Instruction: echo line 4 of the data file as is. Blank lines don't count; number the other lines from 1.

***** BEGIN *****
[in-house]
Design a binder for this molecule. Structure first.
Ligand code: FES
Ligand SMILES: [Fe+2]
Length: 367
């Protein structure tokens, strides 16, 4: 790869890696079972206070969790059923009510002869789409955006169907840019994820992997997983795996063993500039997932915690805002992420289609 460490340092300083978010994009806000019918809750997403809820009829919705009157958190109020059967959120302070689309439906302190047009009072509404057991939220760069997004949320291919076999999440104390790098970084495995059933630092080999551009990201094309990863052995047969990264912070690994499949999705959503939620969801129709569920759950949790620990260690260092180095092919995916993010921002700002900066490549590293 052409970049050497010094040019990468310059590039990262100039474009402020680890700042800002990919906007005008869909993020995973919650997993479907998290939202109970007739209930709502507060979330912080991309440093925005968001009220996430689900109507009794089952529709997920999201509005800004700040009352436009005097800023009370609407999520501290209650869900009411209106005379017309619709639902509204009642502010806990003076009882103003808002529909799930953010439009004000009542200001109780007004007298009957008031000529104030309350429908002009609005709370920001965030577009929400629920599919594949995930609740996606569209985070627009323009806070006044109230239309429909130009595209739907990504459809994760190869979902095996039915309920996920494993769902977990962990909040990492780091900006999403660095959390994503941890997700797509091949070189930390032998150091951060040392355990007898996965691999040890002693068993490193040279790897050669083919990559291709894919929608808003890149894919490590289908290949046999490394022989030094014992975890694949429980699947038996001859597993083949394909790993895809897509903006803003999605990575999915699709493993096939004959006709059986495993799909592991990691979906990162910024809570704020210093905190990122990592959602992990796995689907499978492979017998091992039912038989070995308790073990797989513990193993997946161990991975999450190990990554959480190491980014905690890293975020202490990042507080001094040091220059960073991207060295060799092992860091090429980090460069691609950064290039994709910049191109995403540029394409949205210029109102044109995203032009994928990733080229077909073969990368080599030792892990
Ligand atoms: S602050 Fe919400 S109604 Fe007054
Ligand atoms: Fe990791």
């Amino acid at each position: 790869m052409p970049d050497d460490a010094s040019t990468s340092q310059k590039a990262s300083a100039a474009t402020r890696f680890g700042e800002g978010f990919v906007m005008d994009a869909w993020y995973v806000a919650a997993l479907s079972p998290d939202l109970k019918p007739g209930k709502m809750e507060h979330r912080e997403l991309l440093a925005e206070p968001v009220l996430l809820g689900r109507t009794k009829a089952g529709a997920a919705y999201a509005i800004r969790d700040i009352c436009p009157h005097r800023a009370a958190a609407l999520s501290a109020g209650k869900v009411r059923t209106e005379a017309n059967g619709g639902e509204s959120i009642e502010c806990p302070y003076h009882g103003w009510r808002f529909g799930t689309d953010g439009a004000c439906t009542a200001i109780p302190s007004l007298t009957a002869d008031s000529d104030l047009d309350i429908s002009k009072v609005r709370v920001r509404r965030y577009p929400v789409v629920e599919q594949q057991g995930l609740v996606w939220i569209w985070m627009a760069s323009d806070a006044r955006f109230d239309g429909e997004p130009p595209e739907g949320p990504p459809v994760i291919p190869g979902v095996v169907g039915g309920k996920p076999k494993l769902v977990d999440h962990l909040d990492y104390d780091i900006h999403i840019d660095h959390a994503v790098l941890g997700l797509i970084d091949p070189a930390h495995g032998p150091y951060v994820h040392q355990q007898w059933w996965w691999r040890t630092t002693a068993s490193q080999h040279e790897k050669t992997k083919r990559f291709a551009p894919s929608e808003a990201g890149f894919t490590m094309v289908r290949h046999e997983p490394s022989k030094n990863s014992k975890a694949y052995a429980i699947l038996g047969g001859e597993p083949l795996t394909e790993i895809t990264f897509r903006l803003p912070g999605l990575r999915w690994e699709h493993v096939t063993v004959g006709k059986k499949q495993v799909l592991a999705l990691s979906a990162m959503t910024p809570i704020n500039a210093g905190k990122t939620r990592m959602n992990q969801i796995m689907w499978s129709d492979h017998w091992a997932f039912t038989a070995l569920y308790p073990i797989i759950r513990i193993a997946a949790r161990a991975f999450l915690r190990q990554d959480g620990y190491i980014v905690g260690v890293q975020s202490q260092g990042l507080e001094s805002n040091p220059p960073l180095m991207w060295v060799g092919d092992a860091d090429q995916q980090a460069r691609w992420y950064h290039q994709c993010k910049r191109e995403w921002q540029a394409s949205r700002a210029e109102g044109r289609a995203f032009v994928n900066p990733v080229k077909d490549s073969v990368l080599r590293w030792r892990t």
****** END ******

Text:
Ligand SMILES: [Fe+2]